Gary Hart has long been one of the nation's foremost experts on national security, combining a deep knowledge of national security policy with first-hand experience of the political realities that influence how America safeguards itself and its interests. In his new book, Hart outlines, in clear, concise prose, the fundamental changes with which America must grapple when confronting a terrorist threat that has no state and no geographic homebase and thus offers no genuine target for the world's largest and most sophisticated military force.
Security can only be achieved, Hart argues, by applying new tactics, new players, and a nuanced understanding of the radical changes in the security environment. The old security required massive weapons in massive numbers. The new security requires special forces, individual warrior teams seeking out terrorists in the most remote corners of the world and in the heart of American cities, as well as cooperation among intelligence services. The old security required economic dominance. The new security requires economic integration in a world of international markets, trade, and finance. The new security will be both national and international, defensive and offensive, and will require a shield for the homeland as well as a cloak of non-military security.
At a time when the Democratic Party is searching for a platform on security issues, and the Republican strategy of preemption appears increasingly flawed, Gary Hart once again leads the discussion with this far-ranging vision of how a true security of the commons can be achieved.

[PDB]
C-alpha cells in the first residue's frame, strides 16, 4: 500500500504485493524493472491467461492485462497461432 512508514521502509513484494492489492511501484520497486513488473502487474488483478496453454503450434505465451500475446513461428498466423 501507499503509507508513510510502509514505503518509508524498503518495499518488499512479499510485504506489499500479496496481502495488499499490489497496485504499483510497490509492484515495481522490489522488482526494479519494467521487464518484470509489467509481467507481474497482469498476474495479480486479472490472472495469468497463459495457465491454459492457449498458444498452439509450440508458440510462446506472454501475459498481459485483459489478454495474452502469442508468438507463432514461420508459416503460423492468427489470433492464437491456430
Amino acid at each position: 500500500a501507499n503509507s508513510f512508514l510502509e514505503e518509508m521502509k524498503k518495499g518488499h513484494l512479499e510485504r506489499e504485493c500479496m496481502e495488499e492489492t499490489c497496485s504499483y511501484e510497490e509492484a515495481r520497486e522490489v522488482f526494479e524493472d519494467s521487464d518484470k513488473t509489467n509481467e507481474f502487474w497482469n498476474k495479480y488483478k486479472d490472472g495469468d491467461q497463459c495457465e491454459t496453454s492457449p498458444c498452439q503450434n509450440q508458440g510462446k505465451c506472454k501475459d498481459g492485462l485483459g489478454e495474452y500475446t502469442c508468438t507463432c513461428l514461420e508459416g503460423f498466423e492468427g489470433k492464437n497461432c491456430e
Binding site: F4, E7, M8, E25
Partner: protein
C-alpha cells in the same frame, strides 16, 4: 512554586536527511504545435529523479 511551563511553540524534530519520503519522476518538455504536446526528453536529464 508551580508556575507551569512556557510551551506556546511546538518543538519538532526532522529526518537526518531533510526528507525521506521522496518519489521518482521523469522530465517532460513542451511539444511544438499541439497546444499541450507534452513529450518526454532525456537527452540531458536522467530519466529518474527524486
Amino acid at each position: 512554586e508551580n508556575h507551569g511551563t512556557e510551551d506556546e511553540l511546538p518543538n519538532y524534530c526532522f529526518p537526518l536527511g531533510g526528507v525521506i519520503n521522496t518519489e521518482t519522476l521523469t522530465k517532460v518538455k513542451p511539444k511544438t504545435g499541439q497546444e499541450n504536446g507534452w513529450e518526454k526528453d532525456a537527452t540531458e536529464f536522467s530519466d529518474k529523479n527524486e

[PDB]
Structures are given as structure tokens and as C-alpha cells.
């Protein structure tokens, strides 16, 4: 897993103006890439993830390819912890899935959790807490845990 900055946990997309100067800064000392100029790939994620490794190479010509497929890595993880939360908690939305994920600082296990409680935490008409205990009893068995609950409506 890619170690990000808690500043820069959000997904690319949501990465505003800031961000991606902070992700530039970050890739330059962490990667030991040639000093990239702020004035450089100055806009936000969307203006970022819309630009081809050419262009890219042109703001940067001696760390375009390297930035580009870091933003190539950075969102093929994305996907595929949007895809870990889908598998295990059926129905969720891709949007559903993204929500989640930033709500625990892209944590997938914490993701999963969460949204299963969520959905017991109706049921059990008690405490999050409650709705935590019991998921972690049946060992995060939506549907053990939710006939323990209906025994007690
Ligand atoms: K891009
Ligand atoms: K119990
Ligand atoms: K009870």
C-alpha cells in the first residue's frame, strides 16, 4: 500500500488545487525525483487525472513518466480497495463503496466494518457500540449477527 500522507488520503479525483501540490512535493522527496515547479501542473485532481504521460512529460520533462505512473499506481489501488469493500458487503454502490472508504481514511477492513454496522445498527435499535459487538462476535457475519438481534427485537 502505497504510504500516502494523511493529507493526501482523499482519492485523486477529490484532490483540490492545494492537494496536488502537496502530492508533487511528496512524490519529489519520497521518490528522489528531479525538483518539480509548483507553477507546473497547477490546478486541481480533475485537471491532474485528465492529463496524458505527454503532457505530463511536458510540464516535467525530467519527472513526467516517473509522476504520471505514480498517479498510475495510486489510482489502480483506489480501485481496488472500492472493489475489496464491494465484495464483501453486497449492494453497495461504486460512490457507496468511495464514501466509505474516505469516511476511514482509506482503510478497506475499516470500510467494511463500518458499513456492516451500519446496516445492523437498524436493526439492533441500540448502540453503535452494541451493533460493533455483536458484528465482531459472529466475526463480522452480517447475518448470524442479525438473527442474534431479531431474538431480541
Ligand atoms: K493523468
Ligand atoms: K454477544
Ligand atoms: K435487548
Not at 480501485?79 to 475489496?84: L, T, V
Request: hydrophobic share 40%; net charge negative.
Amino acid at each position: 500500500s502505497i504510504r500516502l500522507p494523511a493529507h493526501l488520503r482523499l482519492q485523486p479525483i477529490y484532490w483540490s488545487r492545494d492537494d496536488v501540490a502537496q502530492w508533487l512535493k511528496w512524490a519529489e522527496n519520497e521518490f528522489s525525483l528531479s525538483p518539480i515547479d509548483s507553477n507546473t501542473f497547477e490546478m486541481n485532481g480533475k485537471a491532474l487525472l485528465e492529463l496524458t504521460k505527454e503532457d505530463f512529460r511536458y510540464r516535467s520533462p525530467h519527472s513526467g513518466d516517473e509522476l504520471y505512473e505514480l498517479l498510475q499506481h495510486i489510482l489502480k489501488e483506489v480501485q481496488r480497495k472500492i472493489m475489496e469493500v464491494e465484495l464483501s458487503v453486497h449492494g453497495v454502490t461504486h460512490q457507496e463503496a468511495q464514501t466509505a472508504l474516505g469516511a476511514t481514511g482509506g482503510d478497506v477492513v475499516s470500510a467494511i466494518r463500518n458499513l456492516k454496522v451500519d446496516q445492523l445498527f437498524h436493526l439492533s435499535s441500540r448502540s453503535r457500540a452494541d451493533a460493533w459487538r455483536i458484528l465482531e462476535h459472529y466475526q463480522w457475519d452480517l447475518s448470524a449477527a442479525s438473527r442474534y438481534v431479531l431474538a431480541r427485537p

Former Senator Hart argues in this treatise the future of national security that 9/11 was an "opportunity to redefine America's role in the world," but one the U.S. is misusing "by waging preemptive warfare in the Middle East and thus possibly increasing the threat." Hart proposes the military abandon traditional notions of warfare ("Fast fighters, giant carriers, monster tanks, big missiles") in favor of increasing the number of special forces units that can be deployed quickly and quietly against insurgents whose organization is akin to "cancerous cells." Hart would have the National Guard, no longer required as an invasion and occupation force, recast as a "homeland security shield." This is an accessible and stimulating read for those interested in national security, politics and terrorism.
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Oxford University Press, Incorporated
January 18, 2006
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